US Army seeks death sentence in Afghan rampage
SEATTLE (AP) — The U.S. Army is seeking the death penalty against a soldier accused of killing 16 Afghan villagers in a predawn rampage in March, a punishment some experts say could be hard for prosecutors to obtain given that he was serving his fourth deployment at the time.
The announcement Wednesday followed a pretrial hearing last month for Staff Sgt. Robert Bales, 39, who faces premeditated murder and other charges in the attack on two villages in southern Afghanistan.
Prosecutors said Bales left his remote southern Afghanistan base early on March 11, attacked one village and returned to the base, then slipped away again to attack another nearby compound. Of the 16 people killed, nine were children.
The decision to put the death penalty on the table drew harsh words from Bales’ lawyer, John Henry Browne, who met with Army officials last week to dissuade them from seeking execution.
“The Army is not taking responsibility for Sgt. Bales and other soldiers that the Army knowingly sends into combat situations with diagnosed PTSD, concussive head injuries and other injuries,” Browne said. “The Army is trying to take the focus off the failure of its decisions, and the failure of the war itself, and making Sgt. Bales out to be a rogue soldier.”
Elizabeth Hillman, president of the National Institute of Military Justice, said it could be difficult to convince a unanimous court-martial jury that the death penalty should apply, but the Army wants to make a statement about protecting against unnecessary civilian deaths in wartime.
Dan Conway, a civilian military defense lawyer, said Bales should be punished if convicted. But Conway added: “He was not a mass murderer on his first deployment.”
“To refer a case as a capital case where the soldier was on his fourth deployment and had never, as far as I can tell, engaged in misconduct before is to ignore the Army’s own failures in treating mental health and screening unhealthy soldiers from the battlefield,” Conway said.
No date has been set for Bales’ court martial, which will be held at Joint Base Lewis-McChord.
Bales’ wife, Kari Bales, said in a statement Wednesday that she and their children have been enjoying their weekend visits with Bales at the base south of Seattle, and she hopes he receives an impartial trial.
“I no longer know if a fair trial for Bob is possible, but it very much is my hope, and I will have faith,” she said.
The slayings drew such angry protests that the U.S. temporarily halted combat operations in Afghanistan, and it was three weeks before American investigators could reach the crime scenes.
Bales’ defense team has said the government’s case is incomplete, and outside experts have said a key issue going forward will be to determine if Bales suffered from post-traumatic stress disorder. Bales — who grew up in the Cincinnati suburb of Norwood, Ohio — served tours of duty in Iraq and Afghanistan.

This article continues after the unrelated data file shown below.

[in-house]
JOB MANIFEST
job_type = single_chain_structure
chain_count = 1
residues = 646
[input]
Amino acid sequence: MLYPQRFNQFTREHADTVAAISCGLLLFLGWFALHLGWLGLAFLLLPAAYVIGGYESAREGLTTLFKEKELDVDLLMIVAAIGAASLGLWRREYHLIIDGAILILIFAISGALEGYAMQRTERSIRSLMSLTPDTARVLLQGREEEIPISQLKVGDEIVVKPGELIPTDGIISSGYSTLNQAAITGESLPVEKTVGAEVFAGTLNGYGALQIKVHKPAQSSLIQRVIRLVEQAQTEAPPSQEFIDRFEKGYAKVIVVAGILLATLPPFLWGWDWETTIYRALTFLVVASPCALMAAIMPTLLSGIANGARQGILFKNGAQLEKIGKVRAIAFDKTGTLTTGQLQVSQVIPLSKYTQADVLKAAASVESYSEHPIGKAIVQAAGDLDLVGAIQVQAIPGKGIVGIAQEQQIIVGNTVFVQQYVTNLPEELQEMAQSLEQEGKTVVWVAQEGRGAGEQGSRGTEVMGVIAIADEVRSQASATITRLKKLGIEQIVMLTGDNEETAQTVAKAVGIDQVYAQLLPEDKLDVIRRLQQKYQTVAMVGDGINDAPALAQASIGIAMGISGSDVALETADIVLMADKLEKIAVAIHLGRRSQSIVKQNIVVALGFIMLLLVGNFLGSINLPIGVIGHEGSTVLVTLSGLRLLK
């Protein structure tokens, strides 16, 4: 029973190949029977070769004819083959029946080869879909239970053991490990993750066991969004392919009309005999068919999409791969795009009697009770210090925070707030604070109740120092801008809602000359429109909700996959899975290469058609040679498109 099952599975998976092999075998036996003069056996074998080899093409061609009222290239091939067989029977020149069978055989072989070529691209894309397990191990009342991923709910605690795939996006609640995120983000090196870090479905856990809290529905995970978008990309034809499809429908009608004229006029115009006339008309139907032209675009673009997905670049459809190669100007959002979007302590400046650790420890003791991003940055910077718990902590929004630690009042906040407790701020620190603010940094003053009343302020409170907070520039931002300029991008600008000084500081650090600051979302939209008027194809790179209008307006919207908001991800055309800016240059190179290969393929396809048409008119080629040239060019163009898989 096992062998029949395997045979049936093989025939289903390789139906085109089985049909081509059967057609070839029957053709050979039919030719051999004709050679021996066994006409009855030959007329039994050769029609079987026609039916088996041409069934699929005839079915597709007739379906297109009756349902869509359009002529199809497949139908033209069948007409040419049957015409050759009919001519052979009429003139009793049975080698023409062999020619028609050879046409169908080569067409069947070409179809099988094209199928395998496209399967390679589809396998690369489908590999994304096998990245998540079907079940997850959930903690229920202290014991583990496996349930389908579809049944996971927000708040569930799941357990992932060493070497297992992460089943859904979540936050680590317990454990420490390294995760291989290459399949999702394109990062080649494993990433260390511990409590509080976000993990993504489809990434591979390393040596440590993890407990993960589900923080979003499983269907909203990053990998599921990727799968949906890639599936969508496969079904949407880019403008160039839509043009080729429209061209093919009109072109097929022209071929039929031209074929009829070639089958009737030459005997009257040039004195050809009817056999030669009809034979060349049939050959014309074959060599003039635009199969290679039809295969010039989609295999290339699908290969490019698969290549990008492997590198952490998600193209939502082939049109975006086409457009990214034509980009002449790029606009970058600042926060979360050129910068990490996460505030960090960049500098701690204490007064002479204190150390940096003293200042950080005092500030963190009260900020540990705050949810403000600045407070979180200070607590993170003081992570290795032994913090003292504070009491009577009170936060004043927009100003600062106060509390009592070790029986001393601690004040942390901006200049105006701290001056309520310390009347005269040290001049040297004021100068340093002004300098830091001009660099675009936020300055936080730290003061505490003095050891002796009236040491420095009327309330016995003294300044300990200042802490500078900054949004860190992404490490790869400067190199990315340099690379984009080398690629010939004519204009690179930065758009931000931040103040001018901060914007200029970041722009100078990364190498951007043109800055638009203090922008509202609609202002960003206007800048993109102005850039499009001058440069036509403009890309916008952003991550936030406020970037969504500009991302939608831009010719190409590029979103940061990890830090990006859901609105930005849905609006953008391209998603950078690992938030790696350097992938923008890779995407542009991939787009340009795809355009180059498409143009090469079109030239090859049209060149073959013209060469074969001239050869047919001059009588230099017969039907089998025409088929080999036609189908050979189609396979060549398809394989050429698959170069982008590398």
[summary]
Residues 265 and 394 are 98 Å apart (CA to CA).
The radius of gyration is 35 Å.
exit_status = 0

During last month’s preliminary hearing, prosecutors built a strong eyewitness case against the veteran soldier, with troops recounting how they saw Bales return to the base alone, covered in blood. One soldier testified that Bales woke him up in the middle of the night, saying he had just shot people at one village and that he was heading out again to attack another. The soldier said he didn’t believe Bales and went back to sleep.
Afghan witnesses questioned via a video link from a forward operating base near Kandahar City described the horror of that night. A teenage boy recalled how the gunman kept firing as children scrambled, yelling: “We are children! We are children!” A young girl in a bright headscarf recalled hiding behind her father as he was shot to death.
An Army criminal investigations command special agent testified earlier that Bales tested positive for steroids three days after the killings, and other soldiers testified that Bales had been drinking the evening of the massacre. Browne said Wednesday it was Special Forces members at the remote post who encouraged Bales to take steroids and provided him with the drug.
Prosecutors, in asking for a court-martial trial, have pointed to statements Bales made after he was apprehended, saying his comments demonstrated a “clear memory of what he had done, and consciousness of wrongdoing.”
Several soldiers testified at a hearing that Bales returned to the base alone just before dawn, covered in blood, and that he made incriminating statements such as, “I thought I was doing the right thing.”
The U.S. military has not executed anyone since 1961. There are five men currently facing military death sentences, but none for killings committed in war zones, according to the Death Penalty Information Center. Nidal Hasan, charged in the 2009 rampage that killed 13 and wounded more than two dozen others at Fort Hood in Texas, also could face the death penalty if convicted; no date has been set for his court martial.
For Bales to face execution, the court martial jury must unanimously find him guilty of premeditated murder. They also must unanimously determine that at least one aggravating factor applies, such as multiple or child victims, and that the aggravating factor substantially outweighs any extenuating or mitigating circumstances.
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